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Feeling Ripped Off? Well, The Who Doesn't Care Because 'All This Music Must Fade': Listen

The Who
Suzanne Cordeiro/AFP/Getty Images

Roger Daltrey (L) and Pete Townshend of The Who performs at the Toyota Center on the second leg of their Moving On! tour on Sept. 25, 2019 in Houston, Texas.

The Who’s lead singer Roger Daltrey shares a tongue-in-cheek comment right away in the band’s latest single “All This Music Must Fade” released today (Oct. 3): “I don’t care / I know you’re gonna hate this song / And that said / We never really get along.”

The confrontational track takes on a creatively and legally sensitive topic within the music industry -- originality/copyright -- according to guitarist and backing vocalist Pete Townshend. In an interview on The Zoe Ball Breakfast Show on BBC Radio 2, he describes the track as “a song is dedicated to every artist who has ever been accused of ripping off someone else’s song. Seriously?” he said. “Our musical palette is limited enough in the 21st century without some dork claiming to have invented a common chord scheme.”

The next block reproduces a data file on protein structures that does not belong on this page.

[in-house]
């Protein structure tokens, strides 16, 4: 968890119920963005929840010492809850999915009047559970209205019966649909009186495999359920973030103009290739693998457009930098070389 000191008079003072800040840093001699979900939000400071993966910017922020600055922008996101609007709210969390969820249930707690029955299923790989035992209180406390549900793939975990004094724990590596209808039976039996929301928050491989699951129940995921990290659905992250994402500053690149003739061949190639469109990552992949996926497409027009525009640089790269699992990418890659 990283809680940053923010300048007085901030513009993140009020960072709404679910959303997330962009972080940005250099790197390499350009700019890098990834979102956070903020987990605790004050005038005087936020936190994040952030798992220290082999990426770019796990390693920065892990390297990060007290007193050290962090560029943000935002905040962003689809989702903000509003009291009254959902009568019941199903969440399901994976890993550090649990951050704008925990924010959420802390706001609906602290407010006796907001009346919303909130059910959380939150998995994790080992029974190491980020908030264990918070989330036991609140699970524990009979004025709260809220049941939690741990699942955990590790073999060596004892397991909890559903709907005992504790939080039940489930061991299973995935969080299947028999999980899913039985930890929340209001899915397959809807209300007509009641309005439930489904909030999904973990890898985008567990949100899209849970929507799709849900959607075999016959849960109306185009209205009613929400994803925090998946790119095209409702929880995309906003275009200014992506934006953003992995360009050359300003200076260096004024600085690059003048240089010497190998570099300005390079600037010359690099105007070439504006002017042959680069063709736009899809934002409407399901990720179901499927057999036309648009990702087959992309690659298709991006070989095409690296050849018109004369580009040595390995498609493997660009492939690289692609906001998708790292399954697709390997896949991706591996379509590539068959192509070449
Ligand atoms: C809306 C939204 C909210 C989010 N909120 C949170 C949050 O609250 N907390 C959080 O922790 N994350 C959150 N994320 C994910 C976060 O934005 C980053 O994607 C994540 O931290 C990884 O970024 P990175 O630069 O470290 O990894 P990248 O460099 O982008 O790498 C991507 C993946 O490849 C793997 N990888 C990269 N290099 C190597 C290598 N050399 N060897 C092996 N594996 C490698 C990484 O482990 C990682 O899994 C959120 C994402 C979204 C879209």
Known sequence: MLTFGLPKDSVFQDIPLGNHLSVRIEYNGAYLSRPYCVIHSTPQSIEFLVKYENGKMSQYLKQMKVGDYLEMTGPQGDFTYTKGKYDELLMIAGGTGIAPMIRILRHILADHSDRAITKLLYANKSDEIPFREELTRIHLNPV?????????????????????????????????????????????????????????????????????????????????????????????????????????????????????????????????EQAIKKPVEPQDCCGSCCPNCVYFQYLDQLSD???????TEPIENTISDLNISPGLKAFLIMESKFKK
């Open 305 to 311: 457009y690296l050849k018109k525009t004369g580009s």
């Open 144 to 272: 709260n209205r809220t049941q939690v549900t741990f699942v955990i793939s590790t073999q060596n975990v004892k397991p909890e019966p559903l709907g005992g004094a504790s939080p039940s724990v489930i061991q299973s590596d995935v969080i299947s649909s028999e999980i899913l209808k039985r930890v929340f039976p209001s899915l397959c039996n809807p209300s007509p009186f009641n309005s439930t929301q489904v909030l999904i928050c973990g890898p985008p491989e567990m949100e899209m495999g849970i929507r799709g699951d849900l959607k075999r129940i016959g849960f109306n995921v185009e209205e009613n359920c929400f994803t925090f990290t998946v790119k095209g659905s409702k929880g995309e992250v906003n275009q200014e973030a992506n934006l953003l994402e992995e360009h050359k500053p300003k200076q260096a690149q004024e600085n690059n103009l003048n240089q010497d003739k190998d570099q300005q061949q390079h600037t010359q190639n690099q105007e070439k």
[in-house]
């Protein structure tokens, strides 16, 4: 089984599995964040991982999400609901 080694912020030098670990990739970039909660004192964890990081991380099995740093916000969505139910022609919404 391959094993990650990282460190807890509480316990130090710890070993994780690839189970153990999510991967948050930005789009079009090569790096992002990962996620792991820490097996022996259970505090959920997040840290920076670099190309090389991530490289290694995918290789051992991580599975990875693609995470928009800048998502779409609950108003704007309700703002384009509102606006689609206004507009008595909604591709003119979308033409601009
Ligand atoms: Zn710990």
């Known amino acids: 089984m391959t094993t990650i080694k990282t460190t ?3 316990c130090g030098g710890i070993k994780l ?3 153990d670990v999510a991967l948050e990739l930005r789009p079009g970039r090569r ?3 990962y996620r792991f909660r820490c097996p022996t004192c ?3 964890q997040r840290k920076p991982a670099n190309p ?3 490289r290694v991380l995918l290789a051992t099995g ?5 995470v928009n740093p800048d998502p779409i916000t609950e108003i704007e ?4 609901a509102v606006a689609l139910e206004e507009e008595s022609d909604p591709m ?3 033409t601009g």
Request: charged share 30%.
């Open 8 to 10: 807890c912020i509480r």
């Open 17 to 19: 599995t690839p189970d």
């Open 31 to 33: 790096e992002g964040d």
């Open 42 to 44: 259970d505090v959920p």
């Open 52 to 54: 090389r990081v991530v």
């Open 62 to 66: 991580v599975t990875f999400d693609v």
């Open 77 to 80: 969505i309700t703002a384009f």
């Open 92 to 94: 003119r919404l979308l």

The unapologetic single follows a streamline gimmick that invalidates artists’ complaints about their music being ripped off because “this sound that we share / Has already been played / And it hangs in the air.”

The bridge swerves into a groovier façade apart from the rock-saturated melody, repeating, “What’s yours is yours, and what’s mine is mine / What’s mine is yours, and what’s yours is mine.”

The single comes ahead of The Who’s first new album in thirteen years titled WHO, which will be released Dec. 6. 

Listen to “All This Music Must Fade” below.

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